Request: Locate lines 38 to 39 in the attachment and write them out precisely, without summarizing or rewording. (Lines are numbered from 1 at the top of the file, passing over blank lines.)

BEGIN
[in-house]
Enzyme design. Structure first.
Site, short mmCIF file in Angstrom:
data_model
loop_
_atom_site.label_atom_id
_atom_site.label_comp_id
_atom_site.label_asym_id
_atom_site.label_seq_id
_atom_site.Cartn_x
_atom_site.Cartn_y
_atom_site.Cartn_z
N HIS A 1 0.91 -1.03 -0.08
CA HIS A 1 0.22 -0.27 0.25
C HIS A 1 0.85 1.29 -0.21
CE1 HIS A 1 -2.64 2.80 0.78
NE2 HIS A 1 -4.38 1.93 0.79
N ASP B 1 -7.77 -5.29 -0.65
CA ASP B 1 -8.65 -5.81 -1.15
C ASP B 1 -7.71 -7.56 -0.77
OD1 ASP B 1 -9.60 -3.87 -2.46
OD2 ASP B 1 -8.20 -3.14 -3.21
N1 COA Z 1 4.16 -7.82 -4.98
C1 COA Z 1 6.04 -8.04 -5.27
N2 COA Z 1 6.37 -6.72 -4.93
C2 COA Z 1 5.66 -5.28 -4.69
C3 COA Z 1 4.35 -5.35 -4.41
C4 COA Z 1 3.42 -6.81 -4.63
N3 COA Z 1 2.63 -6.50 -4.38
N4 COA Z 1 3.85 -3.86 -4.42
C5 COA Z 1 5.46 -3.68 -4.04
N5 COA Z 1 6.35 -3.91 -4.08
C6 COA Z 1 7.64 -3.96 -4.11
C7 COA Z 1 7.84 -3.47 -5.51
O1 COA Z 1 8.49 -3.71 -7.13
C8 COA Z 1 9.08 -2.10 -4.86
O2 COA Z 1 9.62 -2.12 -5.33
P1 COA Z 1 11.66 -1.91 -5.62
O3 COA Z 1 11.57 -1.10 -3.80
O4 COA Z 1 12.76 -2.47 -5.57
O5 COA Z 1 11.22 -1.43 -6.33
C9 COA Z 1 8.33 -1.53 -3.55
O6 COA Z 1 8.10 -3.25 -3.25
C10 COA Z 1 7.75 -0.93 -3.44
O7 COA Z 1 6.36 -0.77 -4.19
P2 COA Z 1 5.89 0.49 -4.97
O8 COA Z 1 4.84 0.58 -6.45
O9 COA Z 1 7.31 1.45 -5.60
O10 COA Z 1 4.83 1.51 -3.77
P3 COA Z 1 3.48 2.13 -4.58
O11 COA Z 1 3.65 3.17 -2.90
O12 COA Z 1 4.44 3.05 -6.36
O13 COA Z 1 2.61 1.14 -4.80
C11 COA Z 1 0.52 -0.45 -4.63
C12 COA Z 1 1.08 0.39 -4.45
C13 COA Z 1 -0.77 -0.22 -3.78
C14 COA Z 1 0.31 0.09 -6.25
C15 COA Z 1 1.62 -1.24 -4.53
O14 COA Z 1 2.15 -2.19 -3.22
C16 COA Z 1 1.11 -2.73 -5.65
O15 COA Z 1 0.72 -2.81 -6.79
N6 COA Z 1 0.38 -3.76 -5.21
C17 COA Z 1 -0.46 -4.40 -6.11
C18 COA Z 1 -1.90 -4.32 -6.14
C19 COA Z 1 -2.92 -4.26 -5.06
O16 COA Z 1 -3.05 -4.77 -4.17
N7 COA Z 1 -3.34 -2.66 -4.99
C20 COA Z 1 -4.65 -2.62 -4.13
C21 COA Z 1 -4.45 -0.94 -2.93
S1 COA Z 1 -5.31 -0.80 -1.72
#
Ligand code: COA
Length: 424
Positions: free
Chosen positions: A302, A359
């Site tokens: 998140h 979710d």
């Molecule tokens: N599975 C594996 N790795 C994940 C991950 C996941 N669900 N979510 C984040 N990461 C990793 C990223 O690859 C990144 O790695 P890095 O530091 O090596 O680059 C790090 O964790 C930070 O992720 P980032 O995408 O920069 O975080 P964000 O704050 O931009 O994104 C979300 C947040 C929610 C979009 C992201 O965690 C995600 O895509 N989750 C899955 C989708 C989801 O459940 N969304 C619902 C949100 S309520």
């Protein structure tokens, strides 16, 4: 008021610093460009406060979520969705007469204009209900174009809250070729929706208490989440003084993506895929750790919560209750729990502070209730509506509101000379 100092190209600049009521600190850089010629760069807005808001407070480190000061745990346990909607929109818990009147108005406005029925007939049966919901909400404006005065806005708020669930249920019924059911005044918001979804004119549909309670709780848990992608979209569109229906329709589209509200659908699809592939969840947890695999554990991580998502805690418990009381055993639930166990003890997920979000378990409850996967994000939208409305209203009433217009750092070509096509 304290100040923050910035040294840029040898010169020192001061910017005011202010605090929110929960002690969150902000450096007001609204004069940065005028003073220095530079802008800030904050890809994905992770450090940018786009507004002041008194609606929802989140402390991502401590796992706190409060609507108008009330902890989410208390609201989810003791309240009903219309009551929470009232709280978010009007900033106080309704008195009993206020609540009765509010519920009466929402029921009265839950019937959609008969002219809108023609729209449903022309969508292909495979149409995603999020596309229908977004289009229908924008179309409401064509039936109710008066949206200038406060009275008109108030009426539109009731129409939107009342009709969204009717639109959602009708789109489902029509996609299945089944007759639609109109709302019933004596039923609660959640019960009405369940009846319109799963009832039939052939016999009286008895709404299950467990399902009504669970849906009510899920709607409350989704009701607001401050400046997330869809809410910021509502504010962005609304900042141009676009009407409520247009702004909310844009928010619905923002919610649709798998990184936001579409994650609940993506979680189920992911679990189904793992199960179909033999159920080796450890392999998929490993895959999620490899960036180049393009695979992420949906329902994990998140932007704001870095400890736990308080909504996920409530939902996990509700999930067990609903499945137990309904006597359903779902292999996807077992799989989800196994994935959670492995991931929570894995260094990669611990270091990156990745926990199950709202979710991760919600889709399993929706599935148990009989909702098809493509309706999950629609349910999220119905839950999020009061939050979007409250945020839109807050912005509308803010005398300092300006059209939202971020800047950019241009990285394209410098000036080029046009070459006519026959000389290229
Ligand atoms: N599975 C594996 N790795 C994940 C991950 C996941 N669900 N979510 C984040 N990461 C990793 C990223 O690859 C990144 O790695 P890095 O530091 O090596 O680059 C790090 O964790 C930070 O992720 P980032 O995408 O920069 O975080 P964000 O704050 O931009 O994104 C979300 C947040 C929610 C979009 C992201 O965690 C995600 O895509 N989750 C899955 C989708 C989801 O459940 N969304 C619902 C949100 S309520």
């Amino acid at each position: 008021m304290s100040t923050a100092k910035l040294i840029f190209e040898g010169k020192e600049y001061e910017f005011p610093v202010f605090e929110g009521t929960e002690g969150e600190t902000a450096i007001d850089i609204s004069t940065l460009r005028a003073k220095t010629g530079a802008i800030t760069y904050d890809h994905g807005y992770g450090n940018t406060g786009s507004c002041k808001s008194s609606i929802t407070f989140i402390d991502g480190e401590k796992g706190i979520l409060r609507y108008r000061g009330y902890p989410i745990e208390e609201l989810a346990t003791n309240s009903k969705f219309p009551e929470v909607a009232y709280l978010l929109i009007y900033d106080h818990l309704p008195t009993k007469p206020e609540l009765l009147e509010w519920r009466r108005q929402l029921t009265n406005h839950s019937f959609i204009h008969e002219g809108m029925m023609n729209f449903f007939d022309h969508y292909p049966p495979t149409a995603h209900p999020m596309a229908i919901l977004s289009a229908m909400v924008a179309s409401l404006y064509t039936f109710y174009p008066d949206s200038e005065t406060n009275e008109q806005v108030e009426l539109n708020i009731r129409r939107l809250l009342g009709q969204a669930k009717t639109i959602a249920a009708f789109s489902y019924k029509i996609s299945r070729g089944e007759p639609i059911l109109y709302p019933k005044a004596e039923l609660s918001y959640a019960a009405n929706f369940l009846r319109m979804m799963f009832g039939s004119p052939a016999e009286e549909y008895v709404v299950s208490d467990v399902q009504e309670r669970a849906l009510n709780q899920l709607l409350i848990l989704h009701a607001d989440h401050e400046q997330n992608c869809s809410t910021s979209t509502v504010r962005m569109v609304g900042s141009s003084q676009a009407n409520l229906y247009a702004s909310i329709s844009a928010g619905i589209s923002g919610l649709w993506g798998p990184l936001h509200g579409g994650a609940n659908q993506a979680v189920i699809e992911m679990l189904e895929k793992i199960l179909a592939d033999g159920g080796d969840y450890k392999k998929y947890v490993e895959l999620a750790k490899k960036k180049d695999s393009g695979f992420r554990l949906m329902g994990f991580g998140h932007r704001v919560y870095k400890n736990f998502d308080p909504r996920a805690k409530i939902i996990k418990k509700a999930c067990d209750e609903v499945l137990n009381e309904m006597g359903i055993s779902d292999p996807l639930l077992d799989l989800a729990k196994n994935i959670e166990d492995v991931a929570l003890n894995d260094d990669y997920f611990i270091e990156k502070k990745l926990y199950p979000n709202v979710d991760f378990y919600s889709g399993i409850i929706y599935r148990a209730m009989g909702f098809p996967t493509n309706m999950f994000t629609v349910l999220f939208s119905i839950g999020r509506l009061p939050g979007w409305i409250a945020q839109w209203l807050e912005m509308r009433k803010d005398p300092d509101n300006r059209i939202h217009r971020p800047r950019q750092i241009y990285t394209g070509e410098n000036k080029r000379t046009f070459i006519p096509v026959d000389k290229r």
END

P1 COA Z 1 11.66 -1.91 -5.62
O3 COA Z 1 11.57 -1.10 -3.80